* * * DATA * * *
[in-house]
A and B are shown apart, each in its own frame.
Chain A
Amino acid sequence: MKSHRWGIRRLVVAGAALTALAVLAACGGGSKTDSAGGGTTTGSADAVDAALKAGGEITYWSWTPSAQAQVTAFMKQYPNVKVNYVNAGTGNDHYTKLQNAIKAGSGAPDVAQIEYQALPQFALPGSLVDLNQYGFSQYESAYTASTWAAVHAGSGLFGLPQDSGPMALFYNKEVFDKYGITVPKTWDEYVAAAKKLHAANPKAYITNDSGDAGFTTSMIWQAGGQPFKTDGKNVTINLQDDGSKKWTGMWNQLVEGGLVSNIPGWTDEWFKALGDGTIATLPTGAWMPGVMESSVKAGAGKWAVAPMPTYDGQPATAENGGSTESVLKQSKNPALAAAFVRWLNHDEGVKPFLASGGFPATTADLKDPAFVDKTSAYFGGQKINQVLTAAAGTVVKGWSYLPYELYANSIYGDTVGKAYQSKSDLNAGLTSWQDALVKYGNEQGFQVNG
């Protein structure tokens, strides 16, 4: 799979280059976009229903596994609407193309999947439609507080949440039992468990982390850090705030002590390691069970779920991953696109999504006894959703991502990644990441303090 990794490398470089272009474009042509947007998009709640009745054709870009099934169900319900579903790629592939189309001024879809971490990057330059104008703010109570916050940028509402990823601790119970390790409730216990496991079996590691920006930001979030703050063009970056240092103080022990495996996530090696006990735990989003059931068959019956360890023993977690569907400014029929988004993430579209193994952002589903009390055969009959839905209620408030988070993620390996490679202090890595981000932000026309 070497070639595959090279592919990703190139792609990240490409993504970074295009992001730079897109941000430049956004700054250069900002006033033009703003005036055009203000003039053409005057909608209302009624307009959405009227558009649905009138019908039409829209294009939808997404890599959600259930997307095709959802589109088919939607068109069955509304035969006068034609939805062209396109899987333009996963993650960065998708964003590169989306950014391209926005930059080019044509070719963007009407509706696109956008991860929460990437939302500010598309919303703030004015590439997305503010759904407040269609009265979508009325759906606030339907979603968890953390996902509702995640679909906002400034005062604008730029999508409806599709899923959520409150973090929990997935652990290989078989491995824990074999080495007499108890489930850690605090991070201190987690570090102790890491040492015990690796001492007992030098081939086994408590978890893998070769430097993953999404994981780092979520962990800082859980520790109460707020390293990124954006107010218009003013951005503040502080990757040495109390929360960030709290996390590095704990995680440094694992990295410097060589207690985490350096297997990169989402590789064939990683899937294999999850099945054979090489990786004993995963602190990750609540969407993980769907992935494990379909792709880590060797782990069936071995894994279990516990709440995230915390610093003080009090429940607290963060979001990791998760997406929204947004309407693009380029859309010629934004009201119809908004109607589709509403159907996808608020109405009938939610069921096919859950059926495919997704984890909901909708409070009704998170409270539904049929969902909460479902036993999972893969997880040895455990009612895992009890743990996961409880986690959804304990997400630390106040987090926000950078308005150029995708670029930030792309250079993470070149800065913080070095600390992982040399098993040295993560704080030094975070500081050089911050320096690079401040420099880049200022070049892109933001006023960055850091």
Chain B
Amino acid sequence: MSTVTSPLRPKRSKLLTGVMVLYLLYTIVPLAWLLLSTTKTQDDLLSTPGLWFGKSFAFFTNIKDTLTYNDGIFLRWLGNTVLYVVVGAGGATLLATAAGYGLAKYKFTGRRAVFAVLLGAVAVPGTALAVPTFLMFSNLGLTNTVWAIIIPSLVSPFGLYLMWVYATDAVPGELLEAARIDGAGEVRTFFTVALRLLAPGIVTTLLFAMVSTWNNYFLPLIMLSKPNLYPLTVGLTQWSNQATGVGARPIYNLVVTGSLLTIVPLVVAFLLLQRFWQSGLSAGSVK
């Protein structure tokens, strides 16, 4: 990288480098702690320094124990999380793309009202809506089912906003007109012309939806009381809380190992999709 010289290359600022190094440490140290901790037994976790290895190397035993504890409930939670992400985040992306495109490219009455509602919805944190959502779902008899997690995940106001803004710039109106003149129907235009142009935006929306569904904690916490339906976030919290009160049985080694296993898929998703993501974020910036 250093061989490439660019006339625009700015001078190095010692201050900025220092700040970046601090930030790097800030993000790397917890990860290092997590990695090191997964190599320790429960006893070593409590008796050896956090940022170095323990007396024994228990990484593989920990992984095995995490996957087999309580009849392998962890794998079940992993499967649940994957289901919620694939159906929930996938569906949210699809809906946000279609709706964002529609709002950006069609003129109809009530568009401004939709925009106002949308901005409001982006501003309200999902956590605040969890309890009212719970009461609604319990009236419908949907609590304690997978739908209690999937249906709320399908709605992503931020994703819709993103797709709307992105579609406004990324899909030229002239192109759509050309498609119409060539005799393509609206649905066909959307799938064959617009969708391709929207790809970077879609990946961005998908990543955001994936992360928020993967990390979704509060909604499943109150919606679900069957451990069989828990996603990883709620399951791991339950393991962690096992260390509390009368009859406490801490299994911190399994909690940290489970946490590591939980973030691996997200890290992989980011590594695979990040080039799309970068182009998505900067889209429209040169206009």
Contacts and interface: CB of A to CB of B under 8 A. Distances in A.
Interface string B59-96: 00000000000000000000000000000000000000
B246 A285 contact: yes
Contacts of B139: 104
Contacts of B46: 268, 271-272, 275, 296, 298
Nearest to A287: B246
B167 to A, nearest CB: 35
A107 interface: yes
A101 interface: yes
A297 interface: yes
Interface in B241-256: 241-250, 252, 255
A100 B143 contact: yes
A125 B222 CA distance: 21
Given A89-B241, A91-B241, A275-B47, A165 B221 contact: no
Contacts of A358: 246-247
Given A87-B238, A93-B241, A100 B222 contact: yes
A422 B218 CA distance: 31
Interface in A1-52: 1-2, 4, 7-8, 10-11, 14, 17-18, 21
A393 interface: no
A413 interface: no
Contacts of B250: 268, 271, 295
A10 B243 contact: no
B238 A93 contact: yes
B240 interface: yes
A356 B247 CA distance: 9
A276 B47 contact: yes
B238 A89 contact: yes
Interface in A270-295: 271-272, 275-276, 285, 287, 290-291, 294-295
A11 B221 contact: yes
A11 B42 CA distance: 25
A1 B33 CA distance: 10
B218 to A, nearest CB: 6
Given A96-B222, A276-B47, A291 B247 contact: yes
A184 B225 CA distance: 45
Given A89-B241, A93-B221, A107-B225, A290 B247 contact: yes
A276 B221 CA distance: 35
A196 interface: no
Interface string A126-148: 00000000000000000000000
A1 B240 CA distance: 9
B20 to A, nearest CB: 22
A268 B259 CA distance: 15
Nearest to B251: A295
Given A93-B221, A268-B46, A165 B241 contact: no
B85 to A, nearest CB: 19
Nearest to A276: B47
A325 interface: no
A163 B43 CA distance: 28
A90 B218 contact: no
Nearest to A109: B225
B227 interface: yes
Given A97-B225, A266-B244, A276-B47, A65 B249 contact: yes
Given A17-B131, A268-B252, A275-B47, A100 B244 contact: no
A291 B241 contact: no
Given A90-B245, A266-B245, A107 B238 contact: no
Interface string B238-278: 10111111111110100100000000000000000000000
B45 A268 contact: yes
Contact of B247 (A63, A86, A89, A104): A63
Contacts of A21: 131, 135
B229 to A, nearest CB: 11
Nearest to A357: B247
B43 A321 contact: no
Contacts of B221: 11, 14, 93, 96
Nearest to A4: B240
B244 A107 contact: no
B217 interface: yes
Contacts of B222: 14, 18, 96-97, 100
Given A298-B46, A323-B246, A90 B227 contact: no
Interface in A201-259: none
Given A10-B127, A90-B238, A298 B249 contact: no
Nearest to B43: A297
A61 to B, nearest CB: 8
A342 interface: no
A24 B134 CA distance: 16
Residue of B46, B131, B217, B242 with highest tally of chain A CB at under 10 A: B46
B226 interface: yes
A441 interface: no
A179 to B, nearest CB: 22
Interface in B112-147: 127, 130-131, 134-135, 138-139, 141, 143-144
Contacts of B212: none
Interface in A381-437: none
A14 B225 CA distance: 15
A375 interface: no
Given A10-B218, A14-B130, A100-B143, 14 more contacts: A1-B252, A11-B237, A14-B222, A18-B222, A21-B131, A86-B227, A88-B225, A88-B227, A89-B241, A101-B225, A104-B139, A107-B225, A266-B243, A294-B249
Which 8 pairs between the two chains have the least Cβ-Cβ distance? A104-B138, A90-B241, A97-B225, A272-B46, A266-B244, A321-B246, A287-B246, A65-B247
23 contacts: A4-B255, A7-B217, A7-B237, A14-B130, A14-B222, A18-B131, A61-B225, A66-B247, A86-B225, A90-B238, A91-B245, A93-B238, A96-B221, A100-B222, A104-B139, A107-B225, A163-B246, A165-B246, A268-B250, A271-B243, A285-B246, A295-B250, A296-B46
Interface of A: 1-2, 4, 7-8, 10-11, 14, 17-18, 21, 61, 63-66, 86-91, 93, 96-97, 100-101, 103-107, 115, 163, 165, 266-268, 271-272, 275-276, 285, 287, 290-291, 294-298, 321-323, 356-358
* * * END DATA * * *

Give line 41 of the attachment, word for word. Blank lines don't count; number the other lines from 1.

Given A96-B222, A276-B47, A291 B247 contact: yes